Every operator has to submit a report electronically within 10 days from the end of the month, this report is to be filed separately other than the regular returns filed. The format of the report will be announced in due course and it should contain the details of all the suppliers of goods / services from whom the amount is being withheld and paid to the respective governments like supplier name, amount, date, tax recovered etc.,

The details filed by the e-commerce operator are verified with the returns filed by the sellers and if there is any mismatch, the same is informed to both the parties for correction. In case if there is any discrepancy and which is communicated to the supplier and no corrective action is taken, then the same is added as a liability to the suppliers return in the month in which it is communicated. The supplier is liable to pay tax along with interest, as determined by the concerned officer to the department.

The operator may be asked to furnish information relating to the details of his suppliers like quantity of goods held by him under his custody along with other places of business of the supplier.

From the above, it is clear that government does not want to lose a single penny in form of tax revenue. This process is ensuring that all the suppliers who are dealing with e-commerce are registered, in order to utilize the amount deducted by the e-commerce operator while receiving his payments. The amount deducted by the e-commerce operator one paid to the tax authorities is reflected in the electronic cash ledger of the supplier and he can utilize the same for payment of GST taxes.

Though it is titled as “Collection of Tax At Source” it is technically “tax deducted at source”, the reason is when the e-commerce operator is paying to the supplier of services or goods, certain amount is withheld and then only paid, it is similar to the tax deduction at source in direct taxes. In a way now TDS is applicable on goods also in indirect taxes for e-commerce transactions.

This provision has put an end to all the confusions which are there for the e-commerce currently.

The amount deducted by the e-commerce operator will be reflected in the GSTR -2 return of the seller on the e-commerce website as well as in the electronic cash ledger maintained by the common portal for the seller on the e-commerce website.

The amount to be paid by the e-commerce operator will be part of the monthly outward supplies in GSTR – 1 and also will be shown in the Electronic Liability Register maintained in the common portal. The E-commerce operator has to file another return separately called GSTR – 8 under GST with all the relevant details as required.

The taxes applicable will be of CGST and SGST for TCS in the case of intra state transaction and in the case of interstate transactions it will be IGST for TCS. This is based on the information provided in the Draft Invoice Formats.

Any views or opinions represented above are personal and belong solely to the author and do not represent those of people, institutions or organizations that the owner may or may not be associated with in professional or personal capacity, unless explicitly stated. Any views or opinions are not intended to malign any religion, ethnic group, club, organization, company, or individual.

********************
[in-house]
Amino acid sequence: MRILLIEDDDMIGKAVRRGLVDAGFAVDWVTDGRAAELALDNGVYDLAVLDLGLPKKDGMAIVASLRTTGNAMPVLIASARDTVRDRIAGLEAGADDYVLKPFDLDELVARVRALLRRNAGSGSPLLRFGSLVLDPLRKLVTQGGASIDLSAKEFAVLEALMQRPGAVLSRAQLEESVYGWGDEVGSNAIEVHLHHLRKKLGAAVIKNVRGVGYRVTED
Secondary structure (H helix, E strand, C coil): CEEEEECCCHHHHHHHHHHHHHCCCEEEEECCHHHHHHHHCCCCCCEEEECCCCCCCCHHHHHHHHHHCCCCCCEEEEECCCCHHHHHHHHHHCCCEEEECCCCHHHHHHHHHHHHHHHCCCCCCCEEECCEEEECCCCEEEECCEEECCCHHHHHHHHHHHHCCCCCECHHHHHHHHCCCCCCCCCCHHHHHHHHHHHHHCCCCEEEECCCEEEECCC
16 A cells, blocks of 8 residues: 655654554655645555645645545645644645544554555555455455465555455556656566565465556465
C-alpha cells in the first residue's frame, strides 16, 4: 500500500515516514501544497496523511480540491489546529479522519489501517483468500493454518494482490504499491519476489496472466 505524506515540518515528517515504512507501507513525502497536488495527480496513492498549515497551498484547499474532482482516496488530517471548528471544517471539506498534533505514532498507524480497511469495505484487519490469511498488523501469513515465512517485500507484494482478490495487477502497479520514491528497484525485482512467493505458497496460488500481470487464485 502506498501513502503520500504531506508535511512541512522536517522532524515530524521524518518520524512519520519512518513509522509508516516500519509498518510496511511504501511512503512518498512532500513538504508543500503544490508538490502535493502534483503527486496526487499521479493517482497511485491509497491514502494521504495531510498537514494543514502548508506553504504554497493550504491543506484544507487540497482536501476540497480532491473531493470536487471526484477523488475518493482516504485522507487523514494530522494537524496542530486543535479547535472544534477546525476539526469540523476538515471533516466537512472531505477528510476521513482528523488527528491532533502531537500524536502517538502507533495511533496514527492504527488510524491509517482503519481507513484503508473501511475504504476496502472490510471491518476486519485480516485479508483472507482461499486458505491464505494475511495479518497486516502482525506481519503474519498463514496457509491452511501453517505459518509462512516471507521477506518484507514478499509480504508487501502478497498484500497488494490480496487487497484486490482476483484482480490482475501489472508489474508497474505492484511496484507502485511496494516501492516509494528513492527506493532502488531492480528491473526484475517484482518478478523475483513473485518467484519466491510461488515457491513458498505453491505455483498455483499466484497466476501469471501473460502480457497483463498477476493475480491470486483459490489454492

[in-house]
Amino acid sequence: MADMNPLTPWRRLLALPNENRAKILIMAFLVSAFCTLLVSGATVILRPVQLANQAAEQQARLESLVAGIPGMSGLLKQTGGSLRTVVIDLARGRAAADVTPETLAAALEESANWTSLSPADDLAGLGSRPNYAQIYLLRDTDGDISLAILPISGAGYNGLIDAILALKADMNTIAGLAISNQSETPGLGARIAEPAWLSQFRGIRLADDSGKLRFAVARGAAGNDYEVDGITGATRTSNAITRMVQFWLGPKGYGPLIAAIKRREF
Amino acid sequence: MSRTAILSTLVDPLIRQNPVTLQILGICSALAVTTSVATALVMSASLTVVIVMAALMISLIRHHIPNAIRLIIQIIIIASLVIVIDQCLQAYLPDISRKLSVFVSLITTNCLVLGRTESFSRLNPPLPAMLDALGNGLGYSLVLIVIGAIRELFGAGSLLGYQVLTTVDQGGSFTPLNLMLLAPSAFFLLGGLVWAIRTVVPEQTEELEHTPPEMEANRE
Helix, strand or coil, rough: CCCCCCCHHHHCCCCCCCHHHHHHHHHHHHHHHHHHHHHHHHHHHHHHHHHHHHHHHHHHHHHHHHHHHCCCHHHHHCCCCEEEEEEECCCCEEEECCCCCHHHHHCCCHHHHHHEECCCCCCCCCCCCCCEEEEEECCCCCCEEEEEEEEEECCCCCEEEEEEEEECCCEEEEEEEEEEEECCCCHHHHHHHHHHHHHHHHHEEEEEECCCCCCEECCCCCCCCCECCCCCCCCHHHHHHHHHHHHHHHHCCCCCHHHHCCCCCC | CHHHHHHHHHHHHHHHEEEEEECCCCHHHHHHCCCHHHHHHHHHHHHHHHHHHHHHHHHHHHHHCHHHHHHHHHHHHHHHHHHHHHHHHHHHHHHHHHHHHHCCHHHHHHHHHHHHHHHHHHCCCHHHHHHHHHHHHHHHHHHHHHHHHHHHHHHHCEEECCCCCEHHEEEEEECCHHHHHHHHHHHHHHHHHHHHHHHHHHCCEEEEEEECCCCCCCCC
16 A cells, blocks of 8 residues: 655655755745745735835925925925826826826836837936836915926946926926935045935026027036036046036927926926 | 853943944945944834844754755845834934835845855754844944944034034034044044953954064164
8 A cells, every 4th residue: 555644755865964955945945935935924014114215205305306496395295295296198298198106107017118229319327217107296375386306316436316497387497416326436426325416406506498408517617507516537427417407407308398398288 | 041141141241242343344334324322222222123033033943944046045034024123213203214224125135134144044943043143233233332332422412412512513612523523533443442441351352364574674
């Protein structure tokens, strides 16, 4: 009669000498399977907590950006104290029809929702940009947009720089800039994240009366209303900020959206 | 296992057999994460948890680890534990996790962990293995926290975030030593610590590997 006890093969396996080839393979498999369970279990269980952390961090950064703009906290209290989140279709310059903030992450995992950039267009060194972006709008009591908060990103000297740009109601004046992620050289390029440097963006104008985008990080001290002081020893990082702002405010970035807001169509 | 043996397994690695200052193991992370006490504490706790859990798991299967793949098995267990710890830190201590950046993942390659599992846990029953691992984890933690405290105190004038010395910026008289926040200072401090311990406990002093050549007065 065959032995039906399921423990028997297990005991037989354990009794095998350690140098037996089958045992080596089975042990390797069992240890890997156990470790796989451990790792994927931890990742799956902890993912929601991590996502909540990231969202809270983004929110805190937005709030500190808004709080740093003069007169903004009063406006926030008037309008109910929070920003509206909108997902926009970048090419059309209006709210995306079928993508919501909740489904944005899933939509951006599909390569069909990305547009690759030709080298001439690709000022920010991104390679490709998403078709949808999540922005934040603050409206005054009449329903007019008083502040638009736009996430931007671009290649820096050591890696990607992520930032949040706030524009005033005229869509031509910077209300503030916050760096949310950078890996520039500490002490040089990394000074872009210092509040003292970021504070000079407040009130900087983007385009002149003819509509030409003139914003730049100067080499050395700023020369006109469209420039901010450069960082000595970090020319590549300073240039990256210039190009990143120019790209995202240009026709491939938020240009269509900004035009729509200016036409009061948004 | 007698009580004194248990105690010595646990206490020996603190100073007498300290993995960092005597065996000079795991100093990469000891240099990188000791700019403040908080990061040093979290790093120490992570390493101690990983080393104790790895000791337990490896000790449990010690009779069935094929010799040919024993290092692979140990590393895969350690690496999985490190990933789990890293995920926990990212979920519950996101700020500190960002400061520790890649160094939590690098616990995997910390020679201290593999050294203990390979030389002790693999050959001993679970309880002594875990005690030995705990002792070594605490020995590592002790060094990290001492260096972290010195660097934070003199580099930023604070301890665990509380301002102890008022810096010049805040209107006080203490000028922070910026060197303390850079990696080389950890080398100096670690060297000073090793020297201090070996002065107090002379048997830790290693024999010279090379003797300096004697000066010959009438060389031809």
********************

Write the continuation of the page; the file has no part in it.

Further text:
These examples are based on the model law and may change based on the actual law passed.

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Demystifying the road ahead for the rollout of GST in India

There is a lot of buzz on the GST in India again for about last 45 days or so when the Model GST Law has been announced. There are lots of discussions, views, articles on the Model GST Law on the pros and cons of the same. For GST to be a reality in the near future or a dream forever (for the obvious reason that there is no consensus among all the political parties).

IMG_20160716_131210

This is a pic taken during my recent trip to Meghalaya

For Goods and Service Tax to be implemented in India, these are steps to be followed

  1. Get all the stakeholders i.e. political parties consensus on the RNR and tax administration (seems to have been achieved to a greater extent based on the meeting of state Finance Ministers and Central Finance Minister)
  2. Cabinet note to be approved for the changes proposed in the State Finance Ministers meeting on 26th July 2016. It got approved based on the articles on various news sites.
  3. As per plan allow discussion / debate agreed on in Business Advisory Committee for 5 hours in Rajya Sabha before the curtains pulled out for the monsoon session. Not listed in the list of business for 28th July 2016 or on 29th July 2016. Need to wait and see when the same will discussed.
  4. Table the revised Constitutional Amendment Bill – One Hundred and Twenty-Second based on the cabinet note approved on 27th July 2016 for voting and get the same passed with 2/3rd
  5. Once the bill is passed, send the same to Lok Sabha for voting, as there are changes to the bill based on the select committee recommendations and discussion based on state finance ministers meeting.
  6. Once approved in Lok Sabha, the bill has to be sent to the President for his assent.
  7. Since it is a Constitutional Amendment Bill at least 15 states have to pass the bill in their respective state assemblies.
  8. GST Council has to be constituted and it has to conclude on the rates for GST, abatement if any, list of goods under reverse charge, negative list of goods and services, etc